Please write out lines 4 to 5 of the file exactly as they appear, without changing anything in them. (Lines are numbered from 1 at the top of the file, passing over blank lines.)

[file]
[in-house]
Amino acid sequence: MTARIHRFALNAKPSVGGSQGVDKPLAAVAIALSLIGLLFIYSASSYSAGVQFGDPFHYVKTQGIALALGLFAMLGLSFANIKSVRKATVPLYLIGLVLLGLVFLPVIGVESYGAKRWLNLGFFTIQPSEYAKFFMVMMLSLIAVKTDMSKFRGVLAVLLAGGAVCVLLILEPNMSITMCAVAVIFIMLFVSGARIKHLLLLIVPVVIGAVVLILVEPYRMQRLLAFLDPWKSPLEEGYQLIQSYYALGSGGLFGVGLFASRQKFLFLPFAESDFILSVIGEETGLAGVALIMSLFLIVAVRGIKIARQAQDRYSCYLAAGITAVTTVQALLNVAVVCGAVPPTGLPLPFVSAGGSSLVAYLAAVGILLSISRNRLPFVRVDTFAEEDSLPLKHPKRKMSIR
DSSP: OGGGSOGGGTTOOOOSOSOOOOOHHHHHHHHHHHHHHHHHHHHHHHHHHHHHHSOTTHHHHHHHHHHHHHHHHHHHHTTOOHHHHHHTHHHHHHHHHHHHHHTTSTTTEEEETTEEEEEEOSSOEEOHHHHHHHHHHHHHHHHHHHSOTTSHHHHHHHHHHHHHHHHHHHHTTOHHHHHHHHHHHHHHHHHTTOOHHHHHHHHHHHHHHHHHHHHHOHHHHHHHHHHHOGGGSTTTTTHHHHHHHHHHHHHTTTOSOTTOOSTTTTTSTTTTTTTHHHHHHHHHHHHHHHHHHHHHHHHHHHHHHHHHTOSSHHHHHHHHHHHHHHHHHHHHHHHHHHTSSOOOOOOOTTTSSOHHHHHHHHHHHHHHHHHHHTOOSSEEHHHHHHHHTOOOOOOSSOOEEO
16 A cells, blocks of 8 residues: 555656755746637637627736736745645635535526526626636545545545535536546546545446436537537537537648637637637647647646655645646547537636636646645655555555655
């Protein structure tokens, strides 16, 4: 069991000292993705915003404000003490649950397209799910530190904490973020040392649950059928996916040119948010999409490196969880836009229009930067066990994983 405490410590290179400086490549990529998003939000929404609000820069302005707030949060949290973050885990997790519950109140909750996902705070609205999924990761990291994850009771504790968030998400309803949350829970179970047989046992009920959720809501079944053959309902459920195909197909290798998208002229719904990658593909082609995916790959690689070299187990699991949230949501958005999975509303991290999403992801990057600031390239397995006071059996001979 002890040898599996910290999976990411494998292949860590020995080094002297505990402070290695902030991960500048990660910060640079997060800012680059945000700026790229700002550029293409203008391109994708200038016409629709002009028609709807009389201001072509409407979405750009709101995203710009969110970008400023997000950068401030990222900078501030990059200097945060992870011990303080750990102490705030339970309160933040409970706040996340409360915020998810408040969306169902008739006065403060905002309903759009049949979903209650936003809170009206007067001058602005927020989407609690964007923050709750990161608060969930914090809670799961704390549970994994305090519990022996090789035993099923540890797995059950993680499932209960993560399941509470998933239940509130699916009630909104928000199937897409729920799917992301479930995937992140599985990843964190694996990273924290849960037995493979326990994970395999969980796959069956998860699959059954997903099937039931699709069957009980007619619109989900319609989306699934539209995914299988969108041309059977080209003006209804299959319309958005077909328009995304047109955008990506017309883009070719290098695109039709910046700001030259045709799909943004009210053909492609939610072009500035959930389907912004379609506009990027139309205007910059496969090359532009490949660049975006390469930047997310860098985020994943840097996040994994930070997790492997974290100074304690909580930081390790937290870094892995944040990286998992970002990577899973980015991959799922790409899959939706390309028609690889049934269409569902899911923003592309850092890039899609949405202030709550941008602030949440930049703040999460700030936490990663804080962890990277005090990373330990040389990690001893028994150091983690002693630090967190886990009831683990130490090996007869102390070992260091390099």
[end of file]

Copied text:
16 A cells, blocks of 8 residues: 555656755746637637627736736745645635535526526626636545545545535536546546545446436537537537537648637637637647647646655645646547537636636646645655555555655
């Protein structure tokens, strides 16, 4: 069991000292993705915003404000003490649950397209799910530190904490973020040392649950059928996916040119948010999409490196969880836009229009930067066990994983 405490410590290179400086490549990529998003939000929404609000820069302005707030949060949290973050885990997790519950109140909750996902705070609205999924990761990291994850009771504790968030998400309803949350829970179970047989046992009920959720809501079944053959309902459920195909197909290798998208002229719904990658593909082609995916790959690689070299187990699991949230949501958005999975509303991290999403992801990057600031390239397995006071059996001979 002890040898599996910290999976990411494998292949860590020995080094002297505990402070290695902030991960500048990660910060640079997060800012680059945000700026790229700002550029293409203008391109994708200038016409629709002009028609709807009389201001072509409407979405750009709101995203710009969110970008400023997000950068401030990222900078501030990059200097945060992870011990303080750990102490705030339970309160933040409970706040996340409360915020998810408040969306169902008739006065403060905002309903759009049949979903209650936003809170009206007067001058602005927020989407609690964007923050709750990161608060969930914090809670799961704390549970994994305090519990022996090789035993099923540890797995059950993680499932209960993560399941509470998933239940509130699916009630909104928000199937897409729920799917992301479930995937992140599985990843964190694996990273924290849960037995493979326990994970395999969980796959069956998860699959059954997903099937039931699709069957009980007619619109989900319609989306699934539209995914299988969108041309059977080209003006209804299959319309958005077909328009995304047109955008990506017309883009070719290098695109039709910046700001030259045709799909943004009210053909492609939610072009500035959930389907912004379609506009990027139309205007910059496969090359532009490949660049975006390469930047997310860098985020994943840097996040994994930070997790492997974290100074304690909580930081390790937290870094892995944040990286998992970002990577899973980015991959799922790409899959939706390309028609690889049934269409569902899911923003592309850092890039899609949405202030709550941008602030949440930049703040999460700030936490990663804080962890990277005090990373330990040389990690001893028994150091983690002693630090967190886990009831683990130490090996007869102390070992260091390099």